Suzanne Mercier

Last week, I posted on the power of mindset.  “Your Mindset Creates your Reality. Time to Take the Reins” outlined some of the robust research on the power of our mind to adapt, change functionality, and even change our body according to our interpretation of experiences and formed beliefs.  

Today’s article is about how we create our mindset.  

We’re born with pure potential. Depending on your philosophy, you may believe that we’re born knowing everything which we promptly forget leading to a life journey of remembering who we are and embracing our pure potential. Alternatively, you may believe that we’re born knowing nothing, and that our time here is about learning what 

Our pure potential is moulded by messages and experiences in our imprint years from birth to 7 years old. We’re like sponges. We have no conscious filtering system until we’re around 7 so everything we’re exposed to is absorbed without judgement or discernment, creating the foundation of our mindset which unconsciously drives our choices, behaviour and outcomes.

While we have absorbed everything we’re exposed to, we’re absorbing an already filtered reality. Scientists put forward Information Theory suggesting we’re exposed to 1 million bits of information in any one moment (no, I have no idea how they count). We can’t possibly pay attention to all that sensual information – so we eliminate, distort or generalise the information to whittle it down to 150 bits we allow into our mind and 5-9 bits we consciously pay attention to.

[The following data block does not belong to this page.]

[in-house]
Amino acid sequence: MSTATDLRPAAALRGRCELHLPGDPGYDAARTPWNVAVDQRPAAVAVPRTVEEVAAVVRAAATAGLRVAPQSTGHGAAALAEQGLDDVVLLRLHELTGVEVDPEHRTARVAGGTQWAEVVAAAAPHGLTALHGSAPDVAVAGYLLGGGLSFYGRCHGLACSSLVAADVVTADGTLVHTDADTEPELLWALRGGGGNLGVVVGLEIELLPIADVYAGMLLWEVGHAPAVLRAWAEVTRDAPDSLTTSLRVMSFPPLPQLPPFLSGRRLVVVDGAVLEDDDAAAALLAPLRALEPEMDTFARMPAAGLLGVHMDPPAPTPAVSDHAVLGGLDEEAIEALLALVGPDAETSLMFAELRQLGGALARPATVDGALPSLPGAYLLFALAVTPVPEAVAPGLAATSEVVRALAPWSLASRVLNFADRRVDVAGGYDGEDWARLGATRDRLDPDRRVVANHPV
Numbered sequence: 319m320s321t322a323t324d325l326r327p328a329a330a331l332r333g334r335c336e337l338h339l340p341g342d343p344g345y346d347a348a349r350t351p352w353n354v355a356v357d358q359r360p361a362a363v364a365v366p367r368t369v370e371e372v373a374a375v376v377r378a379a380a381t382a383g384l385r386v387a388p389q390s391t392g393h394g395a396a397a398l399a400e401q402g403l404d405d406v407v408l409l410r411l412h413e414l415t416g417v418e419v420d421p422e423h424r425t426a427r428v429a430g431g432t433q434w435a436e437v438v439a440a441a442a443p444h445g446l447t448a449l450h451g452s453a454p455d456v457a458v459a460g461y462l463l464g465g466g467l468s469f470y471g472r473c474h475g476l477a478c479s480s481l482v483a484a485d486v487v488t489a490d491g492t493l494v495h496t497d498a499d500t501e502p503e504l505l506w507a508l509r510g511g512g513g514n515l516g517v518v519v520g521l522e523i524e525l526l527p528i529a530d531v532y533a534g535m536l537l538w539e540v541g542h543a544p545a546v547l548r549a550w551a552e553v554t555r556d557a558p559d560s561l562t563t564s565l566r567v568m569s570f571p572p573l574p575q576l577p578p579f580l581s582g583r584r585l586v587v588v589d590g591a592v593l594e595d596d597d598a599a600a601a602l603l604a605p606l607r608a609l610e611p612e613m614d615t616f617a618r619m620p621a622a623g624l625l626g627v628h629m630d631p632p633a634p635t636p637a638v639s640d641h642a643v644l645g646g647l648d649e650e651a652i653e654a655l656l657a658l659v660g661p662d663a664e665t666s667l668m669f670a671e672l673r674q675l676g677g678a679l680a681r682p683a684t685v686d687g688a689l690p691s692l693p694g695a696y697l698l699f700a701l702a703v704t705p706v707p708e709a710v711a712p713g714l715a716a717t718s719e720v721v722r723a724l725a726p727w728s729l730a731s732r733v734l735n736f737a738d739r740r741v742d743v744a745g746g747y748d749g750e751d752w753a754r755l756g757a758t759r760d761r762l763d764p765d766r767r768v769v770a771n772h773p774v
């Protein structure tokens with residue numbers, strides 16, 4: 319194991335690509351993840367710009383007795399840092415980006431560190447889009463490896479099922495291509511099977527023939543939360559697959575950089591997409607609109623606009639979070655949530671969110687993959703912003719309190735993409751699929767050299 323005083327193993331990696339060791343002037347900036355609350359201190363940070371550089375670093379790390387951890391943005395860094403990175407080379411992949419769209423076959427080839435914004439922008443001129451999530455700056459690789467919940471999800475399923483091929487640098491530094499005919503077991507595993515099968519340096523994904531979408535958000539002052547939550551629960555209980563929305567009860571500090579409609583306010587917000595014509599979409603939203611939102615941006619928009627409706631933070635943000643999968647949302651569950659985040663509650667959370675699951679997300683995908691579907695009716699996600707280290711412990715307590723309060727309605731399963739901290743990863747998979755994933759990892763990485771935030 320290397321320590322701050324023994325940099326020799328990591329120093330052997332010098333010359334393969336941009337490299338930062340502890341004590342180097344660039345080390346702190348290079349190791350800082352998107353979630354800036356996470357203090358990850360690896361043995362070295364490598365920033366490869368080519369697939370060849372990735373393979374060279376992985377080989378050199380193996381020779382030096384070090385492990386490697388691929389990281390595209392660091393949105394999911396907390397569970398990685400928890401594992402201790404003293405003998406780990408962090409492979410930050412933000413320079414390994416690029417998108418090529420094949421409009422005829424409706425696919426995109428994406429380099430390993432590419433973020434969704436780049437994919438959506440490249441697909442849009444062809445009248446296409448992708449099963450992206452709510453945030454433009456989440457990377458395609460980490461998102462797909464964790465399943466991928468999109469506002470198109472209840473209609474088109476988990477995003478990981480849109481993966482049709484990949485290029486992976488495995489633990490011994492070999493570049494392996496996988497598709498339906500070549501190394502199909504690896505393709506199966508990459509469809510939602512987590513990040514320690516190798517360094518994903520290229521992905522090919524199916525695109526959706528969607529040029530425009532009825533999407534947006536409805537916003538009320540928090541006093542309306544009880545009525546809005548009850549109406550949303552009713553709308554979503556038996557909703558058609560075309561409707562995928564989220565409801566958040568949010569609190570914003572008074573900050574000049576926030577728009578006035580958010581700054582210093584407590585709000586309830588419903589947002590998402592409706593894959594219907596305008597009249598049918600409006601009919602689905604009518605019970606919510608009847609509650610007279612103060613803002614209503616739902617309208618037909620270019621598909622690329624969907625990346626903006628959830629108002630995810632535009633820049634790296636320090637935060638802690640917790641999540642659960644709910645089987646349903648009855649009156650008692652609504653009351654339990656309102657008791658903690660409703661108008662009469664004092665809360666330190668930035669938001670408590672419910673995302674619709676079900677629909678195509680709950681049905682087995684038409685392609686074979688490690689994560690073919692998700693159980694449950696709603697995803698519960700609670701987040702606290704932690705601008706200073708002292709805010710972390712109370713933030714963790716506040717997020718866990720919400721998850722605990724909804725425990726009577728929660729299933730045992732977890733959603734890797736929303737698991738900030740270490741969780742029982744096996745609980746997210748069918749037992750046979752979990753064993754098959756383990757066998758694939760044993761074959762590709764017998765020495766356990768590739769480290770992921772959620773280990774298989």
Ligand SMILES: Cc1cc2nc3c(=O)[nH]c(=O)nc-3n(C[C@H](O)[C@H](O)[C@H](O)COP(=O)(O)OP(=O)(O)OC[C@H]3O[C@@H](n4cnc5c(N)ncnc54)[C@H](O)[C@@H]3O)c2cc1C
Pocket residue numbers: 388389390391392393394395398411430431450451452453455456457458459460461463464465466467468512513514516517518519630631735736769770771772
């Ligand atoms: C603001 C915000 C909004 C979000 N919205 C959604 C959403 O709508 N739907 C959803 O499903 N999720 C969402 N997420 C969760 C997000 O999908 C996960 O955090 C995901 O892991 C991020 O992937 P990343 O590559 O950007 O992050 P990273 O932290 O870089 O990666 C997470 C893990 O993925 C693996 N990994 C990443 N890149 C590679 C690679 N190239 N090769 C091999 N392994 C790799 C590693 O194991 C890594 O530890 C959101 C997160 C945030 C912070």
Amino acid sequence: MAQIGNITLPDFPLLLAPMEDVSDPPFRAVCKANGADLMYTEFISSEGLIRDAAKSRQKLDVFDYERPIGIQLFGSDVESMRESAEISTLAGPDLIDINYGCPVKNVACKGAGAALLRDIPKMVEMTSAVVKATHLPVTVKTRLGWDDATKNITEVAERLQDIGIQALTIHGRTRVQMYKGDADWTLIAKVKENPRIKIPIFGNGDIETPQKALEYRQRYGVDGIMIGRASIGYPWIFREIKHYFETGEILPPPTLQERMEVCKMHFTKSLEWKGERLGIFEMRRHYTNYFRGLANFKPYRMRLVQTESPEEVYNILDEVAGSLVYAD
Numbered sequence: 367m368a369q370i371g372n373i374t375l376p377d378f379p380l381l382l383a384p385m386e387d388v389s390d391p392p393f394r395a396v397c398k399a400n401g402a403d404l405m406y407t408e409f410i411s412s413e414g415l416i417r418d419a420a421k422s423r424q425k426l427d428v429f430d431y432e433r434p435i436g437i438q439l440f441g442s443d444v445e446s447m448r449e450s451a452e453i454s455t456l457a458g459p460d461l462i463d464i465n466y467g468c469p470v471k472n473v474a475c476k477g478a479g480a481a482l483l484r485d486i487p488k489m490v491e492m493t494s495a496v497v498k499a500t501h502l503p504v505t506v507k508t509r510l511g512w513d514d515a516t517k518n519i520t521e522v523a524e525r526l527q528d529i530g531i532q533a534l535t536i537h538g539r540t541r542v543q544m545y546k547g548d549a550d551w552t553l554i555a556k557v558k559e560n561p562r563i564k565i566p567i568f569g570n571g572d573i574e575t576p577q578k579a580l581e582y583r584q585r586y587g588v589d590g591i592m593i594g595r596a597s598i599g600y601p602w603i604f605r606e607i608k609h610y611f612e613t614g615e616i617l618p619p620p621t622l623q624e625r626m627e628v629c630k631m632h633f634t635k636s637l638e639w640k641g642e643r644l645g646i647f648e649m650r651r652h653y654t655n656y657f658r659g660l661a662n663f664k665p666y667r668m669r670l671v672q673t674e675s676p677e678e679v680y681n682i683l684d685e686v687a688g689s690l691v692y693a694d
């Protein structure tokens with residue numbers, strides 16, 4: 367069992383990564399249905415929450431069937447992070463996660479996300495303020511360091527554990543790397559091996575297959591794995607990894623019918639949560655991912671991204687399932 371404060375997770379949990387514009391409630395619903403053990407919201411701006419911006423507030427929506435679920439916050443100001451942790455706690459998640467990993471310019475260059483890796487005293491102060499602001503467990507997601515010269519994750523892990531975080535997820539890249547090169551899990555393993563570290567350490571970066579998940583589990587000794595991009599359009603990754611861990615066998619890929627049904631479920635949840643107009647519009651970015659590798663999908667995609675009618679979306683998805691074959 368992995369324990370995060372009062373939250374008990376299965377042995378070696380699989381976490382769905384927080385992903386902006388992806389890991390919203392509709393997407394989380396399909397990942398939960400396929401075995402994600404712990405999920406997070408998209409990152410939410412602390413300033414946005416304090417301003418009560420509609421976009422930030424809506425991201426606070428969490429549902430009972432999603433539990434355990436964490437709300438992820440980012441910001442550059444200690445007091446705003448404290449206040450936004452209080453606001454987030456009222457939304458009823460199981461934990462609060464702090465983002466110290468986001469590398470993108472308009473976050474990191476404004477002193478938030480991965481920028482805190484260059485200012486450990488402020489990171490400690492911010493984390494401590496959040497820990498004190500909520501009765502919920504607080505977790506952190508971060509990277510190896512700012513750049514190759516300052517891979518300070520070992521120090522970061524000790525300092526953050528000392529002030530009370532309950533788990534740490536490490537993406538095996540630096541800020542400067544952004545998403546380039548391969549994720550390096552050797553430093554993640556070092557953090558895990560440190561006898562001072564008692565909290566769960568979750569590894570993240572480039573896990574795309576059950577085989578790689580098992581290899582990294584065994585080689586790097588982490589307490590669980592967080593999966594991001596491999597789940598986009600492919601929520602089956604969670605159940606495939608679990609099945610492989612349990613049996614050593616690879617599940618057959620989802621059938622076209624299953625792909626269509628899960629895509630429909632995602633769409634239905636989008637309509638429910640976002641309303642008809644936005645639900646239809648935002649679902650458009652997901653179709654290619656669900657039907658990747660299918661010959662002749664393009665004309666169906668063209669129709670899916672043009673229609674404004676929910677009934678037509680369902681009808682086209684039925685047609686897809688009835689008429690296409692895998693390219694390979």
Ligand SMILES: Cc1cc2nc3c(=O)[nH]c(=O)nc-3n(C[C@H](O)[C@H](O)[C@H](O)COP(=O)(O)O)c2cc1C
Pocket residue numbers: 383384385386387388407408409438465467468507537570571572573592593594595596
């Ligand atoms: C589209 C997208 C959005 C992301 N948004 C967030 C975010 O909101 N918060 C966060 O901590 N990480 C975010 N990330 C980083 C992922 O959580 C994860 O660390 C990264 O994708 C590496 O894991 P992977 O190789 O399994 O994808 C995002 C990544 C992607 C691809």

As a metaphor, if those 1 million bits – the entirety of reality – were a 5,000 piece jigsaw puzzle, we each hold one piece. If you’re a jigsaw puzzle player, you’ll know what I mean. We have no picture for the end result. We can’t line up the outside and corner pieces to form a framework for our puzzle. We have a random piece and no context. How can we possibly know what reality is?  

A number of interesting ideas emerge from that understanding.

  1.  How can we think that we are right and someone else is wrong? If we each have one piece of the jigsaw puzzle, each are equally valid, just different. It makes no sense to be black & white, and judgemental.
  2. Each piece is equally valuable. The puzzle can’t be completed without all pieces.
  3. There is no such thing as objective reality – at least in our experience. Our reality is determined by the way we see and experience it filtered through the characteristics of our piece of the puzzle.
  4. There are other pieces of the jigsaw available for us to explore. Those pieces will lead to other behaviours and outcomes. They may be more aligned with what you want to achieve in life and/or work.
  5. Exploring other jigsaw puzzle pieces leads to expanding our reality and increasing our wisdom. Curiosity is the key. How others see and experience the world is a far more appropriate approach than judgement.

So the question to ask is not whether your mindset is right or wrong. The question is whether your mindset serves you or not. Are the outcomes you’re achieving the ones that deliver success as you define it?

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